8. Drew Fudenberg & Jean Tirole, 1991. "Game Theory," MIT Press Books, The MIT Press, edition 1, volume 1, number 0262061414, December.
    9. David M. Kreps & Jose A. Scheinkman, 1983. "Quantity Precommitment and Bertrand Competition Yield Cournot Outcomes," Bell Journal of Economics, The RAND Corporation, vol. 14(2), pages 326-337, Autumn.
    10. Shaked, Avner & Sutton, John, 1982. "Relaxing Price Competition through Product Differentiation," Review of Economic Studies, Wiley Blackwell, vol. 49(1), pages 3-13, January.
    11. Chander, Parkash & Leruth, Luc., 1988. "The Optimal Product-Mix for a Monopolist in the Presence of Congestion Effect: A Model and Some Results," Working Papers 673, California Institute of Technology, Division of the Humanities and Social Sciences.
    12. Reitman, David, 1991. "Endogenous Quality Differentiation in Congested Markets," Journal of Industrial Economics, Wiley Blackwell, vol. 39(6), pages 621-47, December.
    13. André DE PALMA & Luc LERUTH, 1989. "Congestion and Game in Capacity: a Duopoly Analysis in the Presence of Network Externalities," Annales d'Economie et de Statistique, ENSAE, issue 15-16, pages 389-407.
    14. Dasgupta, Partha & Maskin, Eric, 1986. "The Existence of Equilibrium in Discontinuous Economic Games, I: Theory," Review of Economic Studies, Wiley Blackwell, vol. 53(1), pages 1-26, January.
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    Cited by:
    1. Fabio M. Manenti, 2002. "Congestion, Private Peering and Capacity Investment on the Internet," Industrial Organization 0212003, EconWPA, revised 08 Apr 2003.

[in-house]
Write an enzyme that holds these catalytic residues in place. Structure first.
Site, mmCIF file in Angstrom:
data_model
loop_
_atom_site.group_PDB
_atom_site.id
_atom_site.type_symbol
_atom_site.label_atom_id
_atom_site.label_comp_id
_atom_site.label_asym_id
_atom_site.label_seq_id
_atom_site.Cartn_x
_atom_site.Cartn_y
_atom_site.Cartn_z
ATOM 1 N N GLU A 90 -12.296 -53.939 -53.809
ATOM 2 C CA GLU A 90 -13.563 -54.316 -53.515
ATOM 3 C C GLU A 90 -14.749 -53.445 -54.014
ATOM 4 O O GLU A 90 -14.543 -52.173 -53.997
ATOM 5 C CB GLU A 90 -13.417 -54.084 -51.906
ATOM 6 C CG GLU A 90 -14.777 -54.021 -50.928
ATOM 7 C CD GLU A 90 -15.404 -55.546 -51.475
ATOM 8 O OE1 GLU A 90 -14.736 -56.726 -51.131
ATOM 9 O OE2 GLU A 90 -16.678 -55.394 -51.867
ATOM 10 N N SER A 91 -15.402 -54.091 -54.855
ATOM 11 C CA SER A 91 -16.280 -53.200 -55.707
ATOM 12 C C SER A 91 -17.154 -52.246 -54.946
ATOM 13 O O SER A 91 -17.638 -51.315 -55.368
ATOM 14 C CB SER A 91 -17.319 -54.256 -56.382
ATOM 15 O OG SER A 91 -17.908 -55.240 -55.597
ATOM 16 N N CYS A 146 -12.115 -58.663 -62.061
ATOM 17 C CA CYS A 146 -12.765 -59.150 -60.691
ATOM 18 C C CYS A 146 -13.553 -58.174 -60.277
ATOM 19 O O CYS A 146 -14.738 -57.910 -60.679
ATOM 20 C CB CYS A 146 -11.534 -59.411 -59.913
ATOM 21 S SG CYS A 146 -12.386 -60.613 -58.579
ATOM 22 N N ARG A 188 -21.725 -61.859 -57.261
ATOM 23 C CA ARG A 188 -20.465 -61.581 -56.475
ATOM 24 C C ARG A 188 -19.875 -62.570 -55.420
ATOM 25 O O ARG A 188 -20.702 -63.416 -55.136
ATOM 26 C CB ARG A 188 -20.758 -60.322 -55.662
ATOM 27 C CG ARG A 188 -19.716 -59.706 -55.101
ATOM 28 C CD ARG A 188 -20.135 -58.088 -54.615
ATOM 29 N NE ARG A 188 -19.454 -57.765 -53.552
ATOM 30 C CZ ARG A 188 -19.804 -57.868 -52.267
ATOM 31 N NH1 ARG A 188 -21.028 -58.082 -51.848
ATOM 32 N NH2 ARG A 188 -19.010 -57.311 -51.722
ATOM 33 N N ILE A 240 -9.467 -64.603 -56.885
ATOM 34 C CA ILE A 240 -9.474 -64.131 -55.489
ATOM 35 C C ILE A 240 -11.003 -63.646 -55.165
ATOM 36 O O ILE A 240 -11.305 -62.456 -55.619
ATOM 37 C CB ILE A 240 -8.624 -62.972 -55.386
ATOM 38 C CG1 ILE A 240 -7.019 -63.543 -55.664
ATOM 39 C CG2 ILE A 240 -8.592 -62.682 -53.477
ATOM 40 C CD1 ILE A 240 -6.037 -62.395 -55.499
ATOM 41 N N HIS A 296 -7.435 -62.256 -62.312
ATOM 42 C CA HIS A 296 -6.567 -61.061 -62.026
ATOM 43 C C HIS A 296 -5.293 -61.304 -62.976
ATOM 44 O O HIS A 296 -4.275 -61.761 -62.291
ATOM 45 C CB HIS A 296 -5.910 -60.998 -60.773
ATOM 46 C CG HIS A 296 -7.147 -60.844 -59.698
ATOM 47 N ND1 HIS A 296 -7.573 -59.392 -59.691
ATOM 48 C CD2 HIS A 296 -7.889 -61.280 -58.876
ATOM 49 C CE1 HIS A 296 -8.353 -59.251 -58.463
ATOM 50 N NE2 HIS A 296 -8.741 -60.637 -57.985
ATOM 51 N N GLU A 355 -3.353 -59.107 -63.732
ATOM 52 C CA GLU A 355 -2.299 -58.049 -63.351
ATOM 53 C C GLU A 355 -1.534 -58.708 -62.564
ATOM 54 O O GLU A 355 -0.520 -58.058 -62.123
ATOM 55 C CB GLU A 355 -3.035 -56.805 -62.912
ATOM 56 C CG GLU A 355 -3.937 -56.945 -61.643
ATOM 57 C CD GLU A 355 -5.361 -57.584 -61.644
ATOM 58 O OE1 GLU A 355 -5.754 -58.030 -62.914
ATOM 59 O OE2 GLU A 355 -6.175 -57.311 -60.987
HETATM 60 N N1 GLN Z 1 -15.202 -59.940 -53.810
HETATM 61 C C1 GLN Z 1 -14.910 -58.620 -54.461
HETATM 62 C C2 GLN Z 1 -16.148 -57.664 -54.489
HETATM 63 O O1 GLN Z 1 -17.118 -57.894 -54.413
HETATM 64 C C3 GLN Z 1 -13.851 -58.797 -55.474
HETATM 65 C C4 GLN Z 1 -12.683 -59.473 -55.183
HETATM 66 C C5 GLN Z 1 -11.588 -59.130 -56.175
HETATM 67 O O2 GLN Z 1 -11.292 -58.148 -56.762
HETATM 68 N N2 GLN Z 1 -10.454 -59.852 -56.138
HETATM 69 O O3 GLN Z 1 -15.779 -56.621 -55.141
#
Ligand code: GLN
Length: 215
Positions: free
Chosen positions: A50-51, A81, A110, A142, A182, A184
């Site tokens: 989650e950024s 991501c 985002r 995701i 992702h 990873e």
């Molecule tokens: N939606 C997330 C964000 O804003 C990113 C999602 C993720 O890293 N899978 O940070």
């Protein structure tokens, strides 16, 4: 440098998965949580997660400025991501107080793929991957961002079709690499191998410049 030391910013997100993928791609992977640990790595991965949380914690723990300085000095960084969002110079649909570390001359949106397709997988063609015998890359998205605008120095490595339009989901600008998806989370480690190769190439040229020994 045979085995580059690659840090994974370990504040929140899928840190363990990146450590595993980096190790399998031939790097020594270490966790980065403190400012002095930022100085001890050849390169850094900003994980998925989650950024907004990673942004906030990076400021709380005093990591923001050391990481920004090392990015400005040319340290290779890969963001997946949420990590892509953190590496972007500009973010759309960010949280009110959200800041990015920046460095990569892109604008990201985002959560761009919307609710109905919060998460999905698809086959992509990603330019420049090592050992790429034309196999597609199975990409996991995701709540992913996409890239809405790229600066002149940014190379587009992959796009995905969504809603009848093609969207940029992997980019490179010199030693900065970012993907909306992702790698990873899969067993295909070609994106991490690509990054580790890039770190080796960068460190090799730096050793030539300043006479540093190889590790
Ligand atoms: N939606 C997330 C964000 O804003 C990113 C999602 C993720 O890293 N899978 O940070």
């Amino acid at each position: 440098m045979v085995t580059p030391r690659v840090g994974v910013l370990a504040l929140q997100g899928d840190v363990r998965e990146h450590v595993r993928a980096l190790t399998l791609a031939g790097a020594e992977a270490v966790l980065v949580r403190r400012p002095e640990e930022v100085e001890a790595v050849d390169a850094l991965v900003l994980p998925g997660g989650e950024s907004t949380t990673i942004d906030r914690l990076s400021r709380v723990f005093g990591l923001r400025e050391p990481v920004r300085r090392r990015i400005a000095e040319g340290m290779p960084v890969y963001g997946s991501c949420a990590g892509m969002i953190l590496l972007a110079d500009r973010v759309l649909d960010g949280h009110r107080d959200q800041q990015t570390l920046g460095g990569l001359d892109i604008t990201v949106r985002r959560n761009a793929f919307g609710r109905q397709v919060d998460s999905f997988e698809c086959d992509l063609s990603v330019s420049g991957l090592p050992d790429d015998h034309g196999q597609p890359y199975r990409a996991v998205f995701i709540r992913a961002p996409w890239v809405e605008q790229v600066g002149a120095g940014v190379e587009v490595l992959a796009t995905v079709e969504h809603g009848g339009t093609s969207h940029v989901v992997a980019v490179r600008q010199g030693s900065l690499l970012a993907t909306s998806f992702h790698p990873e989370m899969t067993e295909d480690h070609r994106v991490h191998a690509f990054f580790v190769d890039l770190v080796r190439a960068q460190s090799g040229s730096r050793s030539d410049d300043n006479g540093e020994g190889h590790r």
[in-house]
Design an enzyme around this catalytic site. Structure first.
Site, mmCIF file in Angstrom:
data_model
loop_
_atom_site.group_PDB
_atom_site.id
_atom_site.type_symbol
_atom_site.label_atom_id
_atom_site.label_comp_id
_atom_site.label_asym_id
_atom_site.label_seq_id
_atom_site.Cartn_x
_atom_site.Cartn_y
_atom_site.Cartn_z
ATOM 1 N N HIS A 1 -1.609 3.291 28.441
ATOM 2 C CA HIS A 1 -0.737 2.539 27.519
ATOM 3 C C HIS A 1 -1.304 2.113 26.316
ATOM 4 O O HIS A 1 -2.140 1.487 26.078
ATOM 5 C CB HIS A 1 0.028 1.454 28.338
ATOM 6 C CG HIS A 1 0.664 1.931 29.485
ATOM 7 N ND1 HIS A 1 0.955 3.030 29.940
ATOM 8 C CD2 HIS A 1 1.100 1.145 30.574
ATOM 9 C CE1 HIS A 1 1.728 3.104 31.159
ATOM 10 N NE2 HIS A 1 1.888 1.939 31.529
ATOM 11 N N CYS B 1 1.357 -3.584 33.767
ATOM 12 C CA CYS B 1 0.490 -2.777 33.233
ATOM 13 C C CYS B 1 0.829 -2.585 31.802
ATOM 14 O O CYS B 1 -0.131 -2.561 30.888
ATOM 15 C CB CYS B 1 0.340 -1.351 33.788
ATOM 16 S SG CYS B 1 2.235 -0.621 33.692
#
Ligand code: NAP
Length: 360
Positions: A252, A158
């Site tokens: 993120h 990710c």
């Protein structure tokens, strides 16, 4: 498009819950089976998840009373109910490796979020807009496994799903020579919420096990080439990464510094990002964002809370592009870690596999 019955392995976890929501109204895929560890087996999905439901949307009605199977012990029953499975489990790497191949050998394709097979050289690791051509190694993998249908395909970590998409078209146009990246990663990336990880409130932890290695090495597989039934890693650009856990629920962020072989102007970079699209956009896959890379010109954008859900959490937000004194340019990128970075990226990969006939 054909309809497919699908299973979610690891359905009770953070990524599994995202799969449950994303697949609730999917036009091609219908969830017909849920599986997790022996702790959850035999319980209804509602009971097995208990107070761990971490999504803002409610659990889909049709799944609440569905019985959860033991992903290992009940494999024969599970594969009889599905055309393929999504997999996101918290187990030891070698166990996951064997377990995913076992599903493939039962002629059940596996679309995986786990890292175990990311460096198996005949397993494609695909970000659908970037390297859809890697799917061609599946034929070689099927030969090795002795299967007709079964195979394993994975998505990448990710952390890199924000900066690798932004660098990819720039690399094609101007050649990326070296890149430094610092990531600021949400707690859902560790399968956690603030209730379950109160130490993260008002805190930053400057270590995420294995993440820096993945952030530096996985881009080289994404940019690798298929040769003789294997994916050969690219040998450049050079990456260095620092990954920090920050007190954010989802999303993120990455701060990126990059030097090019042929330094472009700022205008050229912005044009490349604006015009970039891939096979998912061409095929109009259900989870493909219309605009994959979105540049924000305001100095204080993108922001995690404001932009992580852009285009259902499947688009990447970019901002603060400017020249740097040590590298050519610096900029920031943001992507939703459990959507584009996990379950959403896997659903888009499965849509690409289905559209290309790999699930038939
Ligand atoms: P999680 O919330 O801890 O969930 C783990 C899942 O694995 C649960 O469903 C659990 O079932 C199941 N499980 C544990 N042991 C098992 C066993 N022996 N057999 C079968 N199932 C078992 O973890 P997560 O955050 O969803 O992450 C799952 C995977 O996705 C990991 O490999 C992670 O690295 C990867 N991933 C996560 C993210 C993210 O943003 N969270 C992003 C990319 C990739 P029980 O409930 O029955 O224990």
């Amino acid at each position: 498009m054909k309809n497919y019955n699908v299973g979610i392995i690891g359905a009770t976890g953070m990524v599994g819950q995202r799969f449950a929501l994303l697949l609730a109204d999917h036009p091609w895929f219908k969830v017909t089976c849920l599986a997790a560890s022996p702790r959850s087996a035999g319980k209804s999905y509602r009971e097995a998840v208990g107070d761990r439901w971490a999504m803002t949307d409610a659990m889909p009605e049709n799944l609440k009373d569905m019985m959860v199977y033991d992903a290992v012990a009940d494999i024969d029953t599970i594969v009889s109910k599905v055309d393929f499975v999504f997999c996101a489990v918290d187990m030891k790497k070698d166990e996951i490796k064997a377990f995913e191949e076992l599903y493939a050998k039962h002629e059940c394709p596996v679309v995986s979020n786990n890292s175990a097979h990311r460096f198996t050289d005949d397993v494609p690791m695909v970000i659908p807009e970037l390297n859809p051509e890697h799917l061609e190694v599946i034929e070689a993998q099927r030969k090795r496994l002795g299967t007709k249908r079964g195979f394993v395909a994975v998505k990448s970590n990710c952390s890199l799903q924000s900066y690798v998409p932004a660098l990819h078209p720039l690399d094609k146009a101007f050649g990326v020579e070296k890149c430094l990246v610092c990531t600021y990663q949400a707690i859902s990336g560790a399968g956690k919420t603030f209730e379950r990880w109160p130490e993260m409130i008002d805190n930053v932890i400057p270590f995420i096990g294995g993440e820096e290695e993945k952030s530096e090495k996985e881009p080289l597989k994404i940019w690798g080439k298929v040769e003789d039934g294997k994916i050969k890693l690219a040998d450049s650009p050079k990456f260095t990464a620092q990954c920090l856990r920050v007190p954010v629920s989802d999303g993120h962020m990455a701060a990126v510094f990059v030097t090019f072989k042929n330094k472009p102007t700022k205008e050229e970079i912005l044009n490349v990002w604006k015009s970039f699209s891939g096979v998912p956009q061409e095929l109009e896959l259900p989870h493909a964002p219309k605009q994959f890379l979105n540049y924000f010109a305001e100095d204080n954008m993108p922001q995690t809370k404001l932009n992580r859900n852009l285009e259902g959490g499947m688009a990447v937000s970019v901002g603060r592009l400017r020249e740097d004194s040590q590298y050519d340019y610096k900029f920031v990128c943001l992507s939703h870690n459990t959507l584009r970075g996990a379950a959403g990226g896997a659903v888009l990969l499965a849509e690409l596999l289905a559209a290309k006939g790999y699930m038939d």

2. L. Colombo, 2003. "Quality of service in the Congestible Internet: a Differential Game with Capacity Investments," Working Papers 485, Dipartimento Scienze Economiche, Universita' di Bologna.
    3. Mandjes, Michel & Timmer, Judith, 2007. "A duopoly model with heterogeneous congestion-sensitive customers," European Journal of Operational Research, Elsevier, vol. 176(1), pages 445-467, January.
    4. Patrick MAILLÉ & Bruno Tuffin, 2011. "Competition among providers in loss networks," Post-Print hal-00724665, HAL.
    5. Anna Nagurney & Dong Li & Tilman Wolf & Sara Saberi, 2013. "A network economic game theory model of a service-oriented internet with choices and quality competition," Netnomics, Springer, vol. 14(1), pages 1-25, November.
    6. Narine Badasyan & Subhadip Chakrabarti, 2004. "Intra-backbone and Inter-backbone Peering Among Internet Service Providers," Microeconomics 0407006, EconWPA.
    7. Narine Badasyan & Subhadip Chakrabarti, 2003. "Private Peering Among Internet Backbone Providers," Microeconomics 0301003, EconWPA.
    8. Foros, Oystein & Hansen, Bjorn, 2001. "Competition and compatibility among Internet Service Providers," Information Economics and Policy, Elsevier, vol. 13(4), pages 411-425, December.
    9. HAIMANKO, Ori & STEINBERG, Richard, 2000. "Price symmetry in a duopoly with congestion," CORE Discussion Papers 2000056, Université catholique de Louvain, Center for Operations Research and Econometrics (CORE).